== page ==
Are There Different Types Of Attraction?

Exploring The Surprising Findings

When most people talk about attraction, they are usually discussing sexual attraction, but that is only one of many types of attraction. It is also possible to be attracted to someone in multiple ways and that can be a good thing for healthy relationships.

Being aware of the different types of attraction can help you determine the ways that you feel about other people. It can also help you see how your attraction changes throughout a relationship or as you get older and more mature.

Furthermore, knowing the types of features and qualities that you are attracted to may help you choose a better partner. 

Knowing the things that affect attraction and how to tell when someone is attracted to you can also help. BetterHelp has tons of great articles to help you understand how attraction affects relationships and how unique certain perceptions of attractiveness and beauty can be. 

In addition to physical, sexual, and romantic attraction, there are other types like emotional attraction or intellectual attraction.

Let’s look at what each of these types means and how they can work together to form your level of attraction to someone.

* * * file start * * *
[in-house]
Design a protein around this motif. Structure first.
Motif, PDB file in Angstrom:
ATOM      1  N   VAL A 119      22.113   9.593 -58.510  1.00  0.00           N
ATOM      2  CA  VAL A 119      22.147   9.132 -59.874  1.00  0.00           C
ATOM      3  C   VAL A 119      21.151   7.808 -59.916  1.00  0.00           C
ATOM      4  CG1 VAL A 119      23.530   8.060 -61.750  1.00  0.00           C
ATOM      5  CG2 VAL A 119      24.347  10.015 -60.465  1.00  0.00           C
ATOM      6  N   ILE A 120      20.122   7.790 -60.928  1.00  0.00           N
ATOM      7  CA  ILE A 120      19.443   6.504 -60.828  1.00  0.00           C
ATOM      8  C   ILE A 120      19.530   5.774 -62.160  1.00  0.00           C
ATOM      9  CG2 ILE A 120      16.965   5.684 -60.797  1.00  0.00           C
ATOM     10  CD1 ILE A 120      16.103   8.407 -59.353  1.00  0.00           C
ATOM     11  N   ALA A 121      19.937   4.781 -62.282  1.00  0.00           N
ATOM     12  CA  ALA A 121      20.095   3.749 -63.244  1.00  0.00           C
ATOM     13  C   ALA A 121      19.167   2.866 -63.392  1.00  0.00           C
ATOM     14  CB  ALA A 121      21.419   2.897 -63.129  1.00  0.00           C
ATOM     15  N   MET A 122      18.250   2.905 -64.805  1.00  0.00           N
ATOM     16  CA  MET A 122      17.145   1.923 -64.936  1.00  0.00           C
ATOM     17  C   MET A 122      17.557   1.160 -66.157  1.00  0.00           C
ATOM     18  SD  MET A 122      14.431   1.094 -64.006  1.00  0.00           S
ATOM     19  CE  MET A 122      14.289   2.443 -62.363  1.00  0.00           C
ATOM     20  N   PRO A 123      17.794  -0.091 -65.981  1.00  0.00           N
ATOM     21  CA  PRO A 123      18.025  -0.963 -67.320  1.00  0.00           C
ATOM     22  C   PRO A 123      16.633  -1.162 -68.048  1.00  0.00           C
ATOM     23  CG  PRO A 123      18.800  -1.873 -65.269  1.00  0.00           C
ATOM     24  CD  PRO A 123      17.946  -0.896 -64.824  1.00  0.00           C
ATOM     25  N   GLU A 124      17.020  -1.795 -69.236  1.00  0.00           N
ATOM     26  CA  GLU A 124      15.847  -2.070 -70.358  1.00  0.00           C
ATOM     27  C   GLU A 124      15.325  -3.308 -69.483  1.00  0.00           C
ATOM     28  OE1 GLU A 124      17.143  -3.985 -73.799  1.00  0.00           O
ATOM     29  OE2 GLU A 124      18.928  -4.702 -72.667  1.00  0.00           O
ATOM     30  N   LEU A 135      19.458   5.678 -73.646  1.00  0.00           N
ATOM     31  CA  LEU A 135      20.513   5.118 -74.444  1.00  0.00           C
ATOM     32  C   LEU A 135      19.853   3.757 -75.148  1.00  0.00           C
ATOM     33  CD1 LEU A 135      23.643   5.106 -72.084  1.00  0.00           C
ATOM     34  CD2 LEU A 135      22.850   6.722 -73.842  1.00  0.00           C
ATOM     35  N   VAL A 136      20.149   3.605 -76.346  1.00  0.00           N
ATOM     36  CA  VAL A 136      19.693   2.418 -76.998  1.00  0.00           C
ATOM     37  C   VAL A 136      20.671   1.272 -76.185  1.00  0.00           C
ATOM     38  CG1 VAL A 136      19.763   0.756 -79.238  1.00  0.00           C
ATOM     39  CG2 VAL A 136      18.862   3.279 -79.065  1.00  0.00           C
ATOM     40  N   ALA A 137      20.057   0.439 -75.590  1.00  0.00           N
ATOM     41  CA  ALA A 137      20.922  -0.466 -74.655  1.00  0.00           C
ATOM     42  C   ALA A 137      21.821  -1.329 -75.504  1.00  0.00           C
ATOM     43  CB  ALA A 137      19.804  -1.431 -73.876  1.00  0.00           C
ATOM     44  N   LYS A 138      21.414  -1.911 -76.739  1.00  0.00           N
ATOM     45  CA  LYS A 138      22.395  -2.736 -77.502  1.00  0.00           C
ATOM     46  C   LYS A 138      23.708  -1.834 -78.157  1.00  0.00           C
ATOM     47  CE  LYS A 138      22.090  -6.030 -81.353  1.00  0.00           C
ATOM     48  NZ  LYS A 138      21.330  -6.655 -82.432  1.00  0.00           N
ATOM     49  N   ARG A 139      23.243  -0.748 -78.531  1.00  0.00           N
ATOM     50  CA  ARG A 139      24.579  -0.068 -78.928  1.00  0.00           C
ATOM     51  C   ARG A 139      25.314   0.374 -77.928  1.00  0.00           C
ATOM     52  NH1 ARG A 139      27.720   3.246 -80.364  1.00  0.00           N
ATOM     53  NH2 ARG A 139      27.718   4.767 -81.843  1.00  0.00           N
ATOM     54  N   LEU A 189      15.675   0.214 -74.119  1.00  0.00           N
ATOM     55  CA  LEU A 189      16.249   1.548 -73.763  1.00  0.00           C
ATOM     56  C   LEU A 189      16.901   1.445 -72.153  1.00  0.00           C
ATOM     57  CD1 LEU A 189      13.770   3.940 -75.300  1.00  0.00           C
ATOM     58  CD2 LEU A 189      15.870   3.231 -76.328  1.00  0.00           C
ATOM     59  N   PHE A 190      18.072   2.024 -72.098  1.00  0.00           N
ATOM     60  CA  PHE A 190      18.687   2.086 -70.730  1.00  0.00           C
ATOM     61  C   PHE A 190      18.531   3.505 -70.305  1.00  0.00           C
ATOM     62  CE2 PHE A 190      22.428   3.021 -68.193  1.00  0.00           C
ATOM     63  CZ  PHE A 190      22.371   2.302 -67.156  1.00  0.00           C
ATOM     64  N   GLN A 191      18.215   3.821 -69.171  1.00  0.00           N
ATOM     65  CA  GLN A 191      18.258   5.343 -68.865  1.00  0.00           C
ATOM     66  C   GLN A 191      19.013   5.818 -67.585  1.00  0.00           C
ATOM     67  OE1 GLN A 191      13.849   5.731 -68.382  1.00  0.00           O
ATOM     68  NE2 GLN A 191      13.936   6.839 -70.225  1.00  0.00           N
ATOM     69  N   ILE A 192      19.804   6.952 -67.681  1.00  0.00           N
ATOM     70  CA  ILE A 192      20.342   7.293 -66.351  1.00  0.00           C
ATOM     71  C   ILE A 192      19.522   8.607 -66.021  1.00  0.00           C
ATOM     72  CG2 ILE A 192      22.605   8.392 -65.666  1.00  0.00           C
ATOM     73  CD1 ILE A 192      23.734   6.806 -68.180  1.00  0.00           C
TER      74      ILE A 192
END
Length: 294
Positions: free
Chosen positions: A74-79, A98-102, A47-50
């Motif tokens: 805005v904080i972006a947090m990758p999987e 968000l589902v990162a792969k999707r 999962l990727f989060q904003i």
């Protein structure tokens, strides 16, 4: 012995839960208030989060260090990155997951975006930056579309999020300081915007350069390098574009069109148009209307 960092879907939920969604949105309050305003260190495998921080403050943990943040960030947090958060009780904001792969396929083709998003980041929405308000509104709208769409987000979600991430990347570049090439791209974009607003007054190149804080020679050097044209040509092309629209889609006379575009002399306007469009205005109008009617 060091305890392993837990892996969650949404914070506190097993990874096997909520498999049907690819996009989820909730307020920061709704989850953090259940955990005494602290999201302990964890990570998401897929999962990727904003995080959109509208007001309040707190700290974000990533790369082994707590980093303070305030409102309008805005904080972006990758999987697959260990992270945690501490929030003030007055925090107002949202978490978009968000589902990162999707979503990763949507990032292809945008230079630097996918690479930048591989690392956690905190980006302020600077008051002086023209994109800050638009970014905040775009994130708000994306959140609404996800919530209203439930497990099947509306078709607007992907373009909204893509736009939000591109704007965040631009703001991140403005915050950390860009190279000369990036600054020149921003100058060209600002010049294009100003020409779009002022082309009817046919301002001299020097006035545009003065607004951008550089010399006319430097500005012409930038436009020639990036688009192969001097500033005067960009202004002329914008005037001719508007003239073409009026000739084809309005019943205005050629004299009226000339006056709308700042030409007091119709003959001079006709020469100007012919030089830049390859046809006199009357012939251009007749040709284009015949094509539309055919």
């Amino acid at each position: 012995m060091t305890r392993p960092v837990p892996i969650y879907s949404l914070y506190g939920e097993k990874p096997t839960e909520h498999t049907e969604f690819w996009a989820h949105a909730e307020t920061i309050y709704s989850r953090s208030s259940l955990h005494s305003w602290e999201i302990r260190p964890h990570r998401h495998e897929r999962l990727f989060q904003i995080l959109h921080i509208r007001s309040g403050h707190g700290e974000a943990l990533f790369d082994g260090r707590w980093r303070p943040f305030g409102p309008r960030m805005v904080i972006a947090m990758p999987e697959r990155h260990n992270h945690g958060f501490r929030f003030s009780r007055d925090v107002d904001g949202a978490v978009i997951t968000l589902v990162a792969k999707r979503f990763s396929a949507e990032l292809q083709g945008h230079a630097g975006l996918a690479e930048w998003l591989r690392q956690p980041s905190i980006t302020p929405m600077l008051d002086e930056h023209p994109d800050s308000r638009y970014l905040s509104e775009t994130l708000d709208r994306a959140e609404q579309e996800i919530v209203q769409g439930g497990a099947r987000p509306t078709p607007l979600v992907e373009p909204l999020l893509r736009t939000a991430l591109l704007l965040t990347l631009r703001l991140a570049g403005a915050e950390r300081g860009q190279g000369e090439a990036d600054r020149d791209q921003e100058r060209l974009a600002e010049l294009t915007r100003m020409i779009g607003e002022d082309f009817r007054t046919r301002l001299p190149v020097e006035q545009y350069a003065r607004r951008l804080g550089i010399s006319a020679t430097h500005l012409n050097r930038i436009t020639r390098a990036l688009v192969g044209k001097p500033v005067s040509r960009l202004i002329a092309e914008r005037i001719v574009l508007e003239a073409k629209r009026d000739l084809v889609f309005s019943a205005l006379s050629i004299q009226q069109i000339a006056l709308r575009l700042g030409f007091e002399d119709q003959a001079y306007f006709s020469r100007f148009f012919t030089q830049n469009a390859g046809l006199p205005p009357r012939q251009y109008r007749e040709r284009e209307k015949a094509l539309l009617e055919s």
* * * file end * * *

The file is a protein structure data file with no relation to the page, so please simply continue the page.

Sexual Attraction

This is the type of attraction that most people refer to when they talk about attraction and occurs when we have sexual feelings and desires that arise in connection with another person. 

While we feel this type of attraction towards sexual partners and many people feel this way about their spouse or partner, you may also feel sexual attraction toward another person. 

Sexual attraction is characterized by a desire to engage sexually and may also correspond with emotional feelings in some situations.

The level of sexual attraction toward a particular person can change over time as well. 

Everyone has different sex drives that can influence the level of sexual attraction. Not only that but many factors can influence who, if anyone, makes you sexually attracted like sexuality and gender. 


Romantic Attraction

Romantic attraction often coincides with sexual attraction but is a separate type that can also be felt on its own. This feeling is associated with a desire to date someone or to pursue a relationship with them.

It is a separate type from the desire to be friends and it involved romantic interests instead of interest in friendship. 

Unlike sexual attraction, this feeling involves the desire to date, start a family, and get married and is unlikely to occur with people that you do not personally know like famous people.

Like other forms of attraction, your romantic attraction toward someone can grow or decline over time. 

Are There Different Types Of Attraction? Exploring The Surprising Findings

Emotional Attraction

While romantic attraction can certainly involve a variety of pleasant emotions, emotional attraction is a separate type of attraction. Emotional attraction can occur with romantic partners, of course, but it can also be felt with friends and family.